On the Chaise Longue with Vanessa: Meet Author Sue Barnard

On the Chaise Longue with Vanessa: Meet Author Sue Barnard

Author Sue Barnard

Author Sue Barnard

I’m very pleased to welcome back my friend and fellow Crooked Cat author Sue Barnard – who is also my editor! She is a lady of many talents and has a range of short stories, poems and three published novels to her credit. She wrote a great guest post for me a while ago about the role of the editor. Now, let’s hear a bit more about her writing and, in particular, her latest novel, The Unkindest Cut of All

Vanessa: Hi, Sue, and thanks for joining me on the chaise longue today. I understand you have been described as “professionally weird”. What’s behind that?

Sue: Hi Vanessa, and thank you for inviting me back!

“Professionally weird” dates back to the time some years ago when (for reasons which I won’t bore you with here) I first became involved in setting questions for BBC Radio 4’s fiendishly difficult Round Britain Quiz.  It’s a quiz about connections.  The questions have been compared to the knight’s move in chess (two along and one to the side), and require a particularly warped and weird kind of mind to devise and solve them.  When I first received a modest payment for supplying some, my son pointed out that I was being paid for being weird – hence “professionally weird”.

(For info, Round Britain Quiz is currently off the air, but a new series is planned for later this year.)

You’ve derived inspiration for two of your novels from the Bard of Avon – The Ghostly Father (Romeo and Juliet) and The Unkindest Cut of All (Julius Caesar). Have you any more up your sleeve?

The Unkindest Cut of All is a murder mystery set in a theatre, during an am-dram production of Julius Caesar. I’ve drawn on my own love of the theatre to create the setting, though the characters (and the storyline) are pure fabrication. Once again I’ve borrowed from the Bard, as I did with The Ghostly Father, but this time I haven’t made any major changes to the plot!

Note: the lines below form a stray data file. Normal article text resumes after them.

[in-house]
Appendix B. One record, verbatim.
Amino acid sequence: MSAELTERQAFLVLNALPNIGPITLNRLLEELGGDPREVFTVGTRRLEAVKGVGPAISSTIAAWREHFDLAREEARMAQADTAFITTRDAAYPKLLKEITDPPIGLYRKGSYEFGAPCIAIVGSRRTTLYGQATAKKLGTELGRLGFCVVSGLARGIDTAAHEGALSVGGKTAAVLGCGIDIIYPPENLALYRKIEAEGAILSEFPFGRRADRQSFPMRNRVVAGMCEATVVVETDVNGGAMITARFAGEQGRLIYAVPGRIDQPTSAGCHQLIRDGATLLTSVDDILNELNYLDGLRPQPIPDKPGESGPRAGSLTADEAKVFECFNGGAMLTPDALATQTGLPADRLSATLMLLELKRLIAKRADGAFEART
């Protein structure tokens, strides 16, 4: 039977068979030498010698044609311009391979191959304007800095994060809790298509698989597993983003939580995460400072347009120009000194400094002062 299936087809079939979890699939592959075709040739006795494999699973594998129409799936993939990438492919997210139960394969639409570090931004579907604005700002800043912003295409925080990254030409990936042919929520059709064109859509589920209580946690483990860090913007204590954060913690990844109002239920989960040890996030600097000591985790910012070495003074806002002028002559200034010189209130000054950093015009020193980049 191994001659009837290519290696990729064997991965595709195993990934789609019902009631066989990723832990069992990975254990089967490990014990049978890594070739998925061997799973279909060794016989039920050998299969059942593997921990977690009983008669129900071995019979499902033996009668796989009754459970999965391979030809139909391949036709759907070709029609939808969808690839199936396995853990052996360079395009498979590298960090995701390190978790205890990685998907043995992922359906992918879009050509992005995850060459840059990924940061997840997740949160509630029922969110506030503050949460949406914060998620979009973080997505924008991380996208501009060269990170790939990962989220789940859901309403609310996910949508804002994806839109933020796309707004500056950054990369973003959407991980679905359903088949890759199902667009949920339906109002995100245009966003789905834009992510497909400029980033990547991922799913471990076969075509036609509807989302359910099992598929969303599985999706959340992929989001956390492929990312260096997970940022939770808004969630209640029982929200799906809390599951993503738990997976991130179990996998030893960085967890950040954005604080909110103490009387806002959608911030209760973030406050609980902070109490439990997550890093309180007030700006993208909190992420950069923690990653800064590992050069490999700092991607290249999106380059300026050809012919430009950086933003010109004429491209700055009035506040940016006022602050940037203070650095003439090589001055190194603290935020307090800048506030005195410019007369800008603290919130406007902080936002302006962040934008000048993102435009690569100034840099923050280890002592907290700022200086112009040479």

I’ve nothing definite in mind at the moment for further Shakespeare-related projects, but I haven’t ruled out the possibility of trying a new one at a later date.  In the meantime, I’ve had fun writing limericks based on the plots of some of Shakespeare’s plays.  Several of these have been published in Best of Manchester Poets Volume 3, and one of them even won a competition.  As a longer-term project I’d love to produce a complete set, but as that will require detailed knowledge of all 37 plays, it’s still very much a work in progress.  So don’t stay in specially waiting for it…

Tell us how you first came to be published with Crooked Cat Publishing.

I first became involved with Crooked Cat as an editor (more about that anon). I’d recently completed an online editing and rewriting course, and I noticed that Crooked Cat were advertising on their Facebook page for new people to join their editorial team. I applied, and they were brave enough to take me on.  A little further down the track I noticed that they were open for submissions, so I took my Dutch courage in both hands and sent them The Ghostly Father. The rest, as they say, is history.

You have another incarnation, as an editor. In fact, you did a sterling job on my own novel. So who edits you and how does it feel to be on the other side of the fence?

Thank you for your kind words – and believe me, you were an absolute delight to work with! Vanessa: blushes deeply.

To answer your question, my latest novel was edited by Maureen Vincent-Northam.  Mo and I worked very well together, and I also recently had the pleasure of editing her own book Trace Your Roots (Crooked Cat’s first non-fiction title).